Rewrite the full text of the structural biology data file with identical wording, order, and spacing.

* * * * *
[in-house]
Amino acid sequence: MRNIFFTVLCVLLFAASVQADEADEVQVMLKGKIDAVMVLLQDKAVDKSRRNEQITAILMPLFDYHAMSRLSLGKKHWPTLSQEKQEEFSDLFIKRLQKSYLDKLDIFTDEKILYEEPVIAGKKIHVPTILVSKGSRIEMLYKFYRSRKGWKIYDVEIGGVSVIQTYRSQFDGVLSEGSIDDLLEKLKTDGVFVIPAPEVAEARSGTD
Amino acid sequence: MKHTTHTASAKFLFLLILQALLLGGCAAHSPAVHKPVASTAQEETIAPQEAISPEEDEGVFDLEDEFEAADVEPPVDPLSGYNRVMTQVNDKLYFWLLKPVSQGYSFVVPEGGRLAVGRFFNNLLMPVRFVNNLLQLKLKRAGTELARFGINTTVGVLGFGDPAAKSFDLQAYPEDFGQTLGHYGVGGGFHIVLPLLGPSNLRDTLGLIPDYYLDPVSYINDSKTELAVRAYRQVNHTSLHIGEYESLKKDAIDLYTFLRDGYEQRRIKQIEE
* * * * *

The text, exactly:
[in-house]
Amino acid sequence: MRNIFFTVLCVLLFAASVQADEADEVQVMLKGKIDAVMVLLQDKAVDKSRRNEQITAILMPLFDYHAMSRLSLGKKHWPTLSQEKQEEFSDLFIKRLQKSYLDKLDIFTDEKILYEEPVIAGKKIHVPTILVSKGSRIEMLYKFYRSRKGWKIYDVEIGGVSVIQTYRSQFDGVLSEGSIDDLLEKLKTDGVFVIPAPEVAEARSGTD
Amino acid sequence: MKHTTHTASAKFLFLLILQALLLGGCAAHSPAVHKPVASTAQEETIAPQEAISPEEDEGVFDLEDEFEAADVEPPVDPLSGYNRVMTQVNDKLYFWLLKPVSQGYSFVVPEGGRLAVGRFFNNLLMPVRFVNNLLQLKLKRAGTELARFGINTTVGVLGFGDPAAKSFDLQAYPEDFGQTLGHYGVGGGFHIVLPLLGPSNLRDTLGLIPDYYLDPVSYINDSKTELAVRAYRQVNHTSLHIGEYESLKKDAIDLYTFLRDGYEQRRIKQIEE